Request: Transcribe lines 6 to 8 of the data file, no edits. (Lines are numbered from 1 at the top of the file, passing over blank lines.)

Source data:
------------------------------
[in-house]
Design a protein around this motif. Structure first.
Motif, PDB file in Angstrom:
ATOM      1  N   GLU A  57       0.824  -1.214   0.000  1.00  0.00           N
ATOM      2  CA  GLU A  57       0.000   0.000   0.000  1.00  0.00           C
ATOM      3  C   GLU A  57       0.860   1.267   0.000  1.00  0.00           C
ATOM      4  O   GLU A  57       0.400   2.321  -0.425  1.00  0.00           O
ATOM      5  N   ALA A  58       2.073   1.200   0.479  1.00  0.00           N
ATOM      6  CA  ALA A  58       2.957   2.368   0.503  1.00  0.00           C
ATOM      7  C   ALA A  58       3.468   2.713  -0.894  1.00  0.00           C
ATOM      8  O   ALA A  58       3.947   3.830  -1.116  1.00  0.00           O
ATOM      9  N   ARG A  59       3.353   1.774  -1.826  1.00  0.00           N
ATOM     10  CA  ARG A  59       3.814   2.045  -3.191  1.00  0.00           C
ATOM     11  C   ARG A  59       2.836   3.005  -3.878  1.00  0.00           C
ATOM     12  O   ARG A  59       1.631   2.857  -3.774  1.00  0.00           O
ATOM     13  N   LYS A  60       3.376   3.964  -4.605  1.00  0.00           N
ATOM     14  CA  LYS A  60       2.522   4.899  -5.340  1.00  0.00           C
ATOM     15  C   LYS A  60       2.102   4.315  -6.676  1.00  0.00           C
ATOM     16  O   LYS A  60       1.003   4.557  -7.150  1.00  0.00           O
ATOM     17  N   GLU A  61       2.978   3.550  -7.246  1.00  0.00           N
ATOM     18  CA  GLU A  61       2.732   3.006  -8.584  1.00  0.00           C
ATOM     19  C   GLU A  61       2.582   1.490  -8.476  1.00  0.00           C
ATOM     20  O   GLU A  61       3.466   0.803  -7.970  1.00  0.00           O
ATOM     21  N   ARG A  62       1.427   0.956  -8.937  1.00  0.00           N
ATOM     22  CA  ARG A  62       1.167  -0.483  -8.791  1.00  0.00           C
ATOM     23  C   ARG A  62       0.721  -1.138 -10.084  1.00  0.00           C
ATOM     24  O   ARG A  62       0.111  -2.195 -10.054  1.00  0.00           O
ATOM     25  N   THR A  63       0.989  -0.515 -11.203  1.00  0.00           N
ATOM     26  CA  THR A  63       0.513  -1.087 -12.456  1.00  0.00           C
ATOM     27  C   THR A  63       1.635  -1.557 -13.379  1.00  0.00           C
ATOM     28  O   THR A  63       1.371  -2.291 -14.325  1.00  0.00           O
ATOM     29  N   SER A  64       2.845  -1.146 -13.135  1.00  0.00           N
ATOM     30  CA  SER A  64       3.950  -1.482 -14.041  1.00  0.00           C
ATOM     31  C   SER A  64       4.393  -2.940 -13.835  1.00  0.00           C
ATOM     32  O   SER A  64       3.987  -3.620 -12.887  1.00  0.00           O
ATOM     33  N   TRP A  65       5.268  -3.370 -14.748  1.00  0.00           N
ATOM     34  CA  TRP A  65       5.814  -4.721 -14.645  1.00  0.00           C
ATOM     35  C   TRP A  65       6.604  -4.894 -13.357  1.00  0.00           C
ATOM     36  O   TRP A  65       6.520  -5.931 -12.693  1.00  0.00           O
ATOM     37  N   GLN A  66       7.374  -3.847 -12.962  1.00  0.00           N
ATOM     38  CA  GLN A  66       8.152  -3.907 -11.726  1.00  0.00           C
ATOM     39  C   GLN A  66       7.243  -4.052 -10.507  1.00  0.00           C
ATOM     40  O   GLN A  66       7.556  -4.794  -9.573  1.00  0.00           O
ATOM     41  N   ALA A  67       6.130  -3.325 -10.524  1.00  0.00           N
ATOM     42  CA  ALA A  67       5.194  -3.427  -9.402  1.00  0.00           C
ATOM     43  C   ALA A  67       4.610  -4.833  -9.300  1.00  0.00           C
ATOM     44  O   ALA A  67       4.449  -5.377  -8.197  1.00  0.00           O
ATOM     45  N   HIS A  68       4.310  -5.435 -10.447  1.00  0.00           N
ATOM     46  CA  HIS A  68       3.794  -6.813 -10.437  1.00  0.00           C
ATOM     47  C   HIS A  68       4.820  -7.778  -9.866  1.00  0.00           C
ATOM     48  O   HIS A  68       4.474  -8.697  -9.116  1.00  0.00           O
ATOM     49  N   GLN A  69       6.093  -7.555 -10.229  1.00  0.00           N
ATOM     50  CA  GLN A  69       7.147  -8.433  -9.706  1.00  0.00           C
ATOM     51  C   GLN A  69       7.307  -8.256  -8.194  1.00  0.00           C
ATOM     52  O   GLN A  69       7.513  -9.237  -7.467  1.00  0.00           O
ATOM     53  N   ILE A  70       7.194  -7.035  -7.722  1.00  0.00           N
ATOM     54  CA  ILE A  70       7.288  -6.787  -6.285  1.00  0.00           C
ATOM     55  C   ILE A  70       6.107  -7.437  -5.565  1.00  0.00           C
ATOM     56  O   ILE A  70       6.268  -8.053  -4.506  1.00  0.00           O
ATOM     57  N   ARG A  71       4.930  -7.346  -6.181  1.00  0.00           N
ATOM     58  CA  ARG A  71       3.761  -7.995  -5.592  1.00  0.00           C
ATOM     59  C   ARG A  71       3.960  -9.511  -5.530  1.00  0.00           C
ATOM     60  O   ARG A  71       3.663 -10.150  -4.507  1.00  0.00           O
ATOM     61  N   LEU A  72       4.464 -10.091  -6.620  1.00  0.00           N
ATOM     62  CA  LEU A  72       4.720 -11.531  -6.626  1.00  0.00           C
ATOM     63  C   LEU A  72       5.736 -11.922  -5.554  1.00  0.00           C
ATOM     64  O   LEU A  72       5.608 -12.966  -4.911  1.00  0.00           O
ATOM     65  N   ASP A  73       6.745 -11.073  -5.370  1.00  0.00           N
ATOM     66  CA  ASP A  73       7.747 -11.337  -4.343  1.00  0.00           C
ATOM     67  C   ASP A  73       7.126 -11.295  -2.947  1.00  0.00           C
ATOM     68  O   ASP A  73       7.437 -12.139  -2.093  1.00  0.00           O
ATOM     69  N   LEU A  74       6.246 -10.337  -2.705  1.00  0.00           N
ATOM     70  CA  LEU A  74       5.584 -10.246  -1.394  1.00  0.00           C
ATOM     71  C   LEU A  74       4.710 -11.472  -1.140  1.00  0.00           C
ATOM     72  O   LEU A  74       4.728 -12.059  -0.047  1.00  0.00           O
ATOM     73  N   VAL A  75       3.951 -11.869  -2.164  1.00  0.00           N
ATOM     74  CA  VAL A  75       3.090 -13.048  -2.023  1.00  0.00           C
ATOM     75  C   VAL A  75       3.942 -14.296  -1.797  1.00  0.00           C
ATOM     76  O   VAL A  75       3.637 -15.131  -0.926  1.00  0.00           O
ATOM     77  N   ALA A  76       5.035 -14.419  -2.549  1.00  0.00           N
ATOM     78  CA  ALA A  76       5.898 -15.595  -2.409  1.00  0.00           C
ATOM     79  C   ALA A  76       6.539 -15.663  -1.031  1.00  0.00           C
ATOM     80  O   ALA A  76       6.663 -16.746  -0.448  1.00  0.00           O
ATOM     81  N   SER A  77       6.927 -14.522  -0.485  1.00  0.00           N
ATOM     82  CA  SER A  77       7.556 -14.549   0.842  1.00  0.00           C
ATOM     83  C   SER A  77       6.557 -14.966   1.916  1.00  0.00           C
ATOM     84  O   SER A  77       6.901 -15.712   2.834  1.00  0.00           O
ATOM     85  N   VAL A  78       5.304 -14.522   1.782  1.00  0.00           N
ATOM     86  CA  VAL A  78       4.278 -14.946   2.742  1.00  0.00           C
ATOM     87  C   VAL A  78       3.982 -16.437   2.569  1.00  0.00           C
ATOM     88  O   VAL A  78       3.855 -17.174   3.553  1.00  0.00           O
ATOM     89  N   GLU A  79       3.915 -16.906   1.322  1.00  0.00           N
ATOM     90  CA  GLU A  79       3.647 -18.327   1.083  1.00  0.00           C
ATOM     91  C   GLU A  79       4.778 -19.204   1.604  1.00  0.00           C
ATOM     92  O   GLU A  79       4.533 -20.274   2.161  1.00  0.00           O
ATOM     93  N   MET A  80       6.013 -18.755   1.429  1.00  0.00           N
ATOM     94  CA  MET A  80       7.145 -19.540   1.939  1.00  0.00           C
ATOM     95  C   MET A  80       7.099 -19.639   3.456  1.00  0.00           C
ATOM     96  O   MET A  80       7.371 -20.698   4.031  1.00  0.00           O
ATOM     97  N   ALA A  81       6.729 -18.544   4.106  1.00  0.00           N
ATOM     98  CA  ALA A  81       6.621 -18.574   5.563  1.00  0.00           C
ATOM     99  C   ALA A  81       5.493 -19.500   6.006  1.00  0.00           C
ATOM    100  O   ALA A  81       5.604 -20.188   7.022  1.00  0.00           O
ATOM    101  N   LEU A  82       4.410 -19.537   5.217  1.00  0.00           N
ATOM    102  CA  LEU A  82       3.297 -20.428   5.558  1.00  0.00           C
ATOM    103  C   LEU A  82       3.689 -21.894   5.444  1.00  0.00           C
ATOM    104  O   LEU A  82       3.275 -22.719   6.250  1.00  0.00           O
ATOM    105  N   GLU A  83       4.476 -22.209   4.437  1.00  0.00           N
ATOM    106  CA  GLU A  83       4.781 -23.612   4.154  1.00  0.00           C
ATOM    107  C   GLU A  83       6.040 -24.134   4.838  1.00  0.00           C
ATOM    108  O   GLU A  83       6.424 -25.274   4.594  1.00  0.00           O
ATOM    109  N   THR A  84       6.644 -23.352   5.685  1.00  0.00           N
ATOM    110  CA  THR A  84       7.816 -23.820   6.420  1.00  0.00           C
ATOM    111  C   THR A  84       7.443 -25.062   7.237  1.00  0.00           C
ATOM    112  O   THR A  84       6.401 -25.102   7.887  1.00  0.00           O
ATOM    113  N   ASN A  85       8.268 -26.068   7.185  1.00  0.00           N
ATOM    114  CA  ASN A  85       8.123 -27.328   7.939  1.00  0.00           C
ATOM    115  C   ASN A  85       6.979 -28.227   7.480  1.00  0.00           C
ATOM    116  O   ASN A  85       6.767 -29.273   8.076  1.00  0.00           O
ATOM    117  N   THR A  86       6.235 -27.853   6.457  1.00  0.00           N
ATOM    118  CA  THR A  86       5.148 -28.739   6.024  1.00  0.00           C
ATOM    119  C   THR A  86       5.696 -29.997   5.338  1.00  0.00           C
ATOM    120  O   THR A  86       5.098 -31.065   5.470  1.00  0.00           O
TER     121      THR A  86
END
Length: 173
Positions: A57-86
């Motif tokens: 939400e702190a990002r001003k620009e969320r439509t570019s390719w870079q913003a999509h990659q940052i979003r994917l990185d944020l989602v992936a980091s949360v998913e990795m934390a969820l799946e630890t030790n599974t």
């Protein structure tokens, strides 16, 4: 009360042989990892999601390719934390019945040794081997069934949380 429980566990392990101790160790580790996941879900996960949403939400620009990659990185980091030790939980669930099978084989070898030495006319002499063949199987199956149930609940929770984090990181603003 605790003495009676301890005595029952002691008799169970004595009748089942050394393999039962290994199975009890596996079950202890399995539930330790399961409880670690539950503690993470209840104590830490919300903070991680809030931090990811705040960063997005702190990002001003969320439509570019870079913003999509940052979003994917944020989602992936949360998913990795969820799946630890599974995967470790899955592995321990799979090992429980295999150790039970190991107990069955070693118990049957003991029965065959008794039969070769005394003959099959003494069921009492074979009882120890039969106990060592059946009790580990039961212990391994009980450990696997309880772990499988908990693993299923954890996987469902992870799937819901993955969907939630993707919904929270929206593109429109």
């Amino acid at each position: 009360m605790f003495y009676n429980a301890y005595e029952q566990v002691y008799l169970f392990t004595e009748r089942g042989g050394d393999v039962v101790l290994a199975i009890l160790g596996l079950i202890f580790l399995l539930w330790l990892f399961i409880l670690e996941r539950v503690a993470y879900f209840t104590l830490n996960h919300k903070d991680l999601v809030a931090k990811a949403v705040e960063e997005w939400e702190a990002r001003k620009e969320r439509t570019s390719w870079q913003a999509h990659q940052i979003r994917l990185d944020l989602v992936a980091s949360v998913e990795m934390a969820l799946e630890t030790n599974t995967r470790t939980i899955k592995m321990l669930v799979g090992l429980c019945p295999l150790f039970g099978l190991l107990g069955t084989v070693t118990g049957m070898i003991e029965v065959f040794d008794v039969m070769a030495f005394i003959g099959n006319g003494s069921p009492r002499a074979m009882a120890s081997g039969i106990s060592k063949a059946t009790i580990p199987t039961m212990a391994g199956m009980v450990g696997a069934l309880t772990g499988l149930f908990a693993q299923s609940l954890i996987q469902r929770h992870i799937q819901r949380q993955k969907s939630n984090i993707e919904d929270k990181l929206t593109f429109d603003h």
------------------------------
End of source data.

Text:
ATOM      3  C   GLU A  57       0.860   1.267   0.000  1.00  0.00           C
ATOM      4  O   GLU A  57       0.400   2.321  -0.425  1.00  0.00           O
ATOM      5  N   ALA A  58       2.073   1.200   0.479  1.00  0.00           N